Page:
@Pasco There's subtlety, and then there's declining to really discuss, or build upon, the political dimensions of your work. Don't get me wrong, I'm not asking for massive signs everywhere reading "global warming is happening guyz", but I think it would have been fascinating if they'd taken that side of the universe further, rather than settling back into a more familiar us-vs-munsters storyline.

    As regards the MGS/LG references - that's just a couple of parallels off the top of my head, not a direct comparison.
    Reply 0
  • Our Mafia 3 review will be late - here's why

  • dirigiblebill 07/10/2016

    @sizu_sizu Glad to hear it. I was promised a copy yesterday, too, before they decided not to send out review code at all. Again, I'd have made alternative plans had there been more notice. Reply 0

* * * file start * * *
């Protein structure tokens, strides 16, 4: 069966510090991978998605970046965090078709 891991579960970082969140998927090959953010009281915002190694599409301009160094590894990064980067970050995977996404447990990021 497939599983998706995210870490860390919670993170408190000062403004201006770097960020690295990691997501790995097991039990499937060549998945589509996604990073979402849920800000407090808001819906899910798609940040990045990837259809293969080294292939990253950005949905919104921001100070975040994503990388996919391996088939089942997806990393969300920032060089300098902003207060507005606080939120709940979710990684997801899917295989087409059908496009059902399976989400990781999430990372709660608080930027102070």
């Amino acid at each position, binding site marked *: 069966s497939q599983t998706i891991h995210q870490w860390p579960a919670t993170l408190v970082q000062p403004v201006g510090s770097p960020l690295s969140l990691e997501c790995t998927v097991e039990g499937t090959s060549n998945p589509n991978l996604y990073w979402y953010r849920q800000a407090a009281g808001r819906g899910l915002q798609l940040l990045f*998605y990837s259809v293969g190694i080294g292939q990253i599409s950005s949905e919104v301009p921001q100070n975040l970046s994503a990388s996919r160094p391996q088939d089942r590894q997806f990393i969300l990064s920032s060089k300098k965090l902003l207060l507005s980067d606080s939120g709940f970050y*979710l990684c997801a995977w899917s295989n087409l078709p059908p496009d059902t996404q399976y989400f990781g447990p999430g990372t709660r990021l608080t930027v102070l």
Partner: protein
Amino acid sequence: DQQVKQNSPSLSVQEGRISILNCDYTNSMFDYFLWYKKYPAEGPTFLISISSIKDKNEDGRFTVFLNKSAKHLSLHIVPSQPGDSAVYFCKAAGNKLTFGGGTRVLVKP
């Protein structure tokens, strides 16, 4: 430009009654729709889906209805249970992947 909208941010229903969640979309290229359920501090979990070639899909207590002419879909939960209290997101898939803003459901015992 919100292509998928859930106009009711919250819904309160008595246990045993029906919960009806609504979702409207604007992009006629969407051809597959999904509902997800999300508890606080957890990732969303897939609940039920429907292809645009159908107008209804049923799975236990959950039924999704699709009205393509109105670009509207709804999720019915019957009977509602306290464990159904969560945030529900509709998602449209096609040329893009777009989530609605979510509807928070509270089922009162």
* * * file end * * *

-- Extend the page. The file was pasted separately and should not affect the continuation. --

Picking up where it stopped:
• dirigiblebill 07/10/2016

    @sizu_sizu And it not being available before release. I bought a copy for review today. I'm occasionally able to source my own code before release in these situations, but in this instance they told me about the delay at the last minute. Reply 0
  • Gears of War 4 is smarter than it is sensational

  • dirigiblebill 06/10/2016

    @Dismiss I'm interested to find out how people get on with the first two acts, yeah - the DBs are fun visually but not especially exotic in practice. Having played some of the early game for preview, I wasn't sure how much of that was just down to me revisiting the same material. Reply +1
  • dirigiblebill 06/10/2016

    @AgentDaleCooper I'll do my best not to repeat myself, don't worry. As with last year's Blops 3 review, the "full review" will probably be more of a part two. Reply +10